Medical Billing and Coding Jobs

medical-billing-and-coding-jobs
Medical Billing and Coding Jobs

Looking for an opportunity in the medical field that doesn’t involve actually administering medicine?  Interested in an occupation where there is swiftly growing demand, and where you’ll find plenty of job openings in the future, and a great salary to top it all off?  Medical billing and coding jobs are getting a lot of attention from job seekers and recruiters these days. The simple reason is that it’s hard to find a better bang for your buck when it comes to investing in your education and career path.  With nothing more than an associate’s degree and a certification in medical billing or coding, you may be able to earn more than $40,000 a year.  How many jobs are you going to find with that kind of opportunity?  Not too many.

If you aren’t all that familiar with medical billing and coding or other auxiliary medical positions, then you probably want to learn more about them before you jump in.  Medical billing and coding are usually grouped together as if they referred to a single job, but this is only because they are closely related.  They actually are two different occupations, and most people choose to do one or the other and not both.  So let’s break it down and talk about what medical coders do vs. what medical billers do, and how the two occupations are related.  That way you can decide which job might be right for you.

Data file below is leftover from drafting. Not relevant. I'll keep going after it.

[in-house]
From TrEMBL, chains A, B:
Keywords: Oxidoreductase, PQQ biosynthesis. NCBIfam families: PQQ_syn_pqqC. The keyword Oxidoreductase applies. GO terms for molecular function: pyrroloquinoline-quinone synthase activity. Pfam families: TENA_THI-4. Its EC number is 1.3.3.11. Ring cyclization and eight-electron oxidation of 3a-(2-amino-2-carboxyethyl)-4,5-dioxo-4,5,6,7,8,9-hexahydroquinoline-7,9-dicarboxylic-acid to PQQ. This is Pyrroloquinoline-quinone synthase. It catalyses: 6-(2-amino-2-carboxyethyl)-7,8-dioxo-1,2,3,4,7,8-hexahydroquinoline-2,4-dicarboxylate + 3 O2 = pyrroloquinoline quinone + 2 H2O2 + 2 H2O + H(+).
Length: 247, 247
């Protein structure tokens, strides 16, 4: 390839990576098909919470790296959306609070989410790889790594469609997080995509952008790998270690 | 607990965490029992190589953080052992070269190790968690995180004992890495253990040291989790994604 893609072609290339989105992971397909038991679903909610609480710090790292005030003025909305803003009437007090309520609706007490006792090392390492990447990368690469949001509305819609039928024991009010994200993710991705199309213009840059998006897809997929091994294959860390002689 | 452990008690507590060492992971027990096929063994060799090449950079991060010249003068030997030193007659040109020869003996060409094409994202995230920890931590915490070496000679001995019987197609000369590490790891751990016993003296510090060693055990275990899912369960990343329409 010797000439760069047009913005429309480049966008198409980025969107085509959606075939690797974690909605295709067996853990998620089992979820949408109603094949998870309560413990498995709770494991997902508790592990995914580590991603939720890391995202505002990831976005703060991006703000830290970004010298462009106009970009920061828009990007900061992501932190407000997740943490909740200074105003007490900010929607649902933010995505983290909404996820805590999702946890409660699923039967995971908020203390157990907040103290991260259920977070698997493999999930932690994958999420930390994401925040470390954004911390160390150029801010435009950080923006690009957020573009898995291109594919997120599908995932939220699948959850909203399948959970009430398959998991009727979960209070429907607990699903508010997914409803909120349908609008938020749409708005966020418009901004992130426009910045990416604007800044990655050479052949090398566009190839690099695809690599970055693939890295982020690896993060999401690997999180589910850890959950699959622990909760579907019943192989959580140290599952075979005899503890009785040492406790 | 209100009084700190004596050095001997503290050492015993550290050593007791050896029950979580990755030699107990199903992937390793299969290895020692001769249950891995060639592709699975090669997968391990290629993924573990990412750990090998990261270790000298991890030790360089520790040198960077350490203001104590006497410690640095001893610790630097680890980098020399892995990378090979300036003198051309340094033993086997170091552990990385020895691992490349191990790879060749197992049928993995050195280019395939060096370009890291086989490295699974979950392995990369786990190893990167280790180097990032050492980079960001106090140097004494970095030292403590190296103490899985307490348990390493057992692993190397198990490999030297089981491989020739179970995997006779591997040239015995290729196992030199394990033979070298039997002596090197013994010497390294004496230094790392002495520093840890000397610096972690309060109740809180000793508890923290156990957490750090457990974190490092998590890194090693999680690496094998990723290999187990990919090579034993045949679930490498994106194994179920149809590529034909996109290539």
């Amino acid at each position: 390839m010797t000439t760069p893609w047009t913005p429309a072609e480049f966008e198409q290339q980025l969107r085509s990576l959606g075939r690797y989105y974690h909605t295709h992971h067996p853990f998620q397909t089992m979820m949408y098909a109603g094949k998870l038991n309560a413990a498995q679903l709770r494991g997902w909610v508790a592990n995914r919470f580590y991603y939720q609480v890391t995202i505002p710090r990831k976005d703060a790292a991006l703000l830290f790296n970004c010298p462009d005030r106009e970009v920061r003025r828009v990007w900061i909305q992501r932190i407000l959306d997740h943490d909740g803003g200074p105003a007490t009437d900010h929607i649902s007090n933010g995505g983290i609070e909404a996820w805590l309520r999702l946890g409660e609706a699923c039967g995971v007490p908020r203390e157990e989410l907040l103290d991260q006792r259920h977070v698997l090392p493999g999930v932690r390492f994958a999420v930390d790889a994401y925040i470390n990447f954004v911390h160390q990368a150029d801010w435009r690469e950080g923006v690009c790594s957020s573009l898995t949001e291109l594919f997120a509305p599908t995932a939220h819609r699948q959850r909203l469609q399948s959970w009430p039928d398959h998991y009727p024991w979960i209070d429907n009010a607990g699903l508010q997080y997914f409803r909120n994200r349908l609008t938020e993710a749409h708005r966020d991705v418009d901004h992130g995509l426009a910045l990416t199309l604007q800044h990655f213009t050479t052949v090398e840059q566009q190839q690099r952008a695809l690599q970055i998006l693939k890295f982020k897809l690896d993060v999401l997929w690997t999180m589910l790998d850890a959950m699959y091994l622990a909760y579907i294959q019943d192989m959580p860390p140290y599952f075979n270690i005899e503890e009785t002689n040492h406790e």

What is Medical Coding?

The field of medicine is one which is highly complex, and it can be difficult to talk about medical conditions, procedures and treatments in plain language and be sure that everybody is on the same page.  That’s why doctors have come up with a system of medical codes to communicate with each other, with other hospital and clinic personnel, and with insurance companies and government agencies.  There are several different types of medical code classification systems, CPT® codes, ICD-9 codes and HCPCS codes.  These codes are all alphanumeric in nature, and allow physicians and insurance companies to objectively discuss the situation with a particular patient.  They can also help clinic administrators to figure out what is going on with hospital staffing and equipment needs.  Just to give you an idea of how comprehensive these codes are, the ICD-9-CM coding system, which is the International Classification of Diseases, has more than 17,000 codes in it.  Each code refers to a specific disease, injury, diagnostic method or treatment technique.  There are also different variations of each, indicated by an extra digit in the code.

icd-9-and-icd-10
ICD-9 and ICD-10

So for example, the numerical code 840 refers to an upper arm or shoulder strain or sprain.  There are many different types of strains which can happen in that area of the body, though, which is why there are a number of different permutations of this particular code.  840.1 refers to a strained coracoclavicular ligament.  840.2, 840.3, 840.4 refer to different localized strains in the upper arm or shoulder, and so on.  You can see how translating information through this system of codes would require specialized knowledge of an employee or contractor who focuses on medical coding and nothing else.